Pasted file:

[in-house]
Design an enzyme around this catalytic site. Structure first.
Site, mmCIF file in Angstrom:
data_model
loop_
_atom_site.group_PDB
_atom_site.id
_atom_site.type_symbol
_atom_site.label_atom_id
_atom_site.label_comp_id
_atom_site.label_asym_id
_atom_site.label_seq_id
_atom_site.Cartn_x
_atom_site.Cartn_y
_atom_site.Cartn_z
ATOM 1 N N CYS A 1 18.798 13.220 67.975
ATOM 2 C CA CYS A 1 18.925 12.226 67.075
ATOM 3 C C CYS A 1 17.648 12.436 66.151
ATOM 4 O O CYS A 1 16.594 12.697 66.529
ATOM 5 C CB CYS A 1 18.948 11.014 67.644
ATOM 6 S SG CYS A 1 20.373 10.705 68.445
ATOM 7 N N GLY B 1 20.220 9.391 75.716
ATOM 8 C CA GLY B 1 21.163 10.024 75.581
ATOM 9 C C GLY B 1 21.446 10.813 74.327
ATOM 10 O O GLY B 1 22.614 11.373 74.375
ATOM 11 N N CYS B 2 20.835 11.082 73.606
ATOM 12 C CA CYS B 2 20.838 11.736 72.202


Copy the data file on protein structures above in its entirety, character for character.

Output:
[in-house]
Design an enzyme around this catalytic site. Structure first.
Site, mmCIF file in Angstrom:
data_model
loop_
_atom_site.group_PDB
_atom_site.id
_atom_site.type_symbol
_atom_site.label_atom_id
_atom_site.label_comp_id
_atom_site.label_asym_id
_atom_site.label_seq_id
_atom_site.Cartn_x
_atom_site.Cartn_y
_atom_site.Cartn_z
ATOM 1 N N CYS A 1 18.798 13.220 67.975
ATOM 2 C CA CYS A 1 18.925 12.226 67.075
ATOM 3 C C CYS A 1 17.648 12.436 66.151
ATOM 4 O O CYS A 1 16.594 12.697 66.529
ATOM 5 C CB CYS A 1 18.948 11.014 67.644
ATOM 6 S SG CYS A 1 20.373 10.705 68.445
ATOM 7 N N GLY B 1 20.220 9.391 75.716
ATOM 8 C CA GLY B 1 21.163 10.024 75.581
ATOM 9 C C GLY B 1 21.446 10.813 74.327
ATOM 10 O O GLY B 1 22.614 11.373 74.375
ATOM 11 N N CYS B 2 20.835 11.082 73.606
ATOM 12 C CA CYS B 2 20.838 11.736 72.202